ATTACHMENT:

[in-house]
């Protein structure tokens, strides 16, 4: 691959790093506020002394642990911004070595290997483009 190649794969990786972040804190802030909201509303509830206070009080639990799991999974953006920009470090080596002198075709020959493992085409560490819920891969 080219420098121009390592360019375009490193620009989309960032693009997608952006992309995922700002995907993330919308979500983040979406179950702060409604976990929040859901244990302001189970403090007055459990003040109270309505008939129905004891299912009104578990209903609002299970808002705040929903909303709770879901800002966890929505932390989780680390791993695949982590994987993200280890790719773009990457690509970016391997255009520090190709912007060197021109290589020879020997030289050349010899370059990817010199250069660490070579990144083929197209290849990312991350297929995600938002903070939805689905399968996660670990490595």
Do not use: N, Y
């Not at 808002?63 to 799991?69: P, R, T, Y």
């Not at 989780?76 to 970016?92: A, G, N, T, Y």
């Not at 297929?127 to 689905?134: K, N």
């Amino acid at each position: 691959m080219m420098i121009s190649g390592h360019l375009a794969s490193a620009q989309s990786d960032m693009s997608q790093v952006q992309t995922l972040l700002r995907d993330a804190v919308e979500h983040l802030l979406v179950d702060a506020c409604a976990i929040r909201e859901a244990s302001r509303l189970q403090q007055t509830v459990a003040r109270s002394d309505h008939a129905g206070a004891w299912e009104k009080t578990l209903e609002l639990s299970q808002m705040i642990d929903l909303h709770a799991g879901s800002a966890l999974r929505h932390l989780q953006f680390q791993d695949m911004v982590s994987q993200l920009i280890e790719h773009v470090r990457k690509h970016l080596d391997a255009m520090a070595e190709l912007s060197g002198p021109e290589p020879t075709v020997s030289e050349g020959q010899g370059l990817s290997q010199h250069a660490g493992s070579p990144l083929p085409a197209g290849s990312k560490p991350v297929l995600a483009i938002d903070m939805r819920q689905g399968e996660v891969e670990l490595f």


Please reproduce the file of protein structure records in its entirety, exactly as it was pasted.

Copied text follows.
[in-house]
């Protein structure tokens, strides 16, 4: 691959790093506020002394642990911004070595290997483009 190649794969990786972040804190802030909201509303509830206070009080639990799991999974953006920009470090080596002198075709020959493992085409560490819920891969 080219420098121009390592360019375009490193620009989309960032693009997608952006992309995922700002995907993330919308979500983040979406179950702060409604976990929040859901244990302001189970403090007055459990003040109270309505008939129905004891299912009104578990209903609002299970808002705040929903909303709770879901800002966890929505932390989780680390791993695949982590994987993200280890790719773009990457690509970016391997255009520090190709912007060197021109290589020879020997030289050349010899370059990817010199250069660490070579990144083929197209290849990312991350297929995600938002903070939805689905399968996660670990490595």
Do not use: N, Y
């Not at 808002?63 to 799991?69: P, R, T, Y």
């Not at 989780?76 to 970016?92: A, G, N, T, Y």
């Not at 297929?127 to 689905?134: K, N």
């Amino acid at each position: 691959m080219m420098i121009s190649g390592h360019l375009a794969s490193a620009q989309s990786d960032m693009s997608q790093v952006q992309t995922l972040l700002r995907d993330a804190v919308e979500h983040l802030l979406v179950d702060a506020c409604a976990i929040r909201e859901a244990s302001r509303l189970q403090q007055t509830v459990a003040r109270s002394d309505h008939a129905g206070a004891w299912e009104k009080t578990l209903e609002l639990s299970q808002m705040i642990d929903l909303h709770a799991g879901s800002a966890l999974r929505h932390l989780q953006f680390q791993d695949m911004v982590s994987q993200l920009i280890e790719h773009v470090r990457k690509h970016l080596d391997a255009m520090a070595e190709l912007s060197g002198p021109e290589p020879t075709v020997s030289e050349g020959q010899g370059l990817s290997q010199h250069a660490g493992s070579p990144l083929p085409a197209g290849s990312k560490p991350v297929l995600a483009i938002d903070m939805r819920q689905g399968e996660v891969e670990l490595f």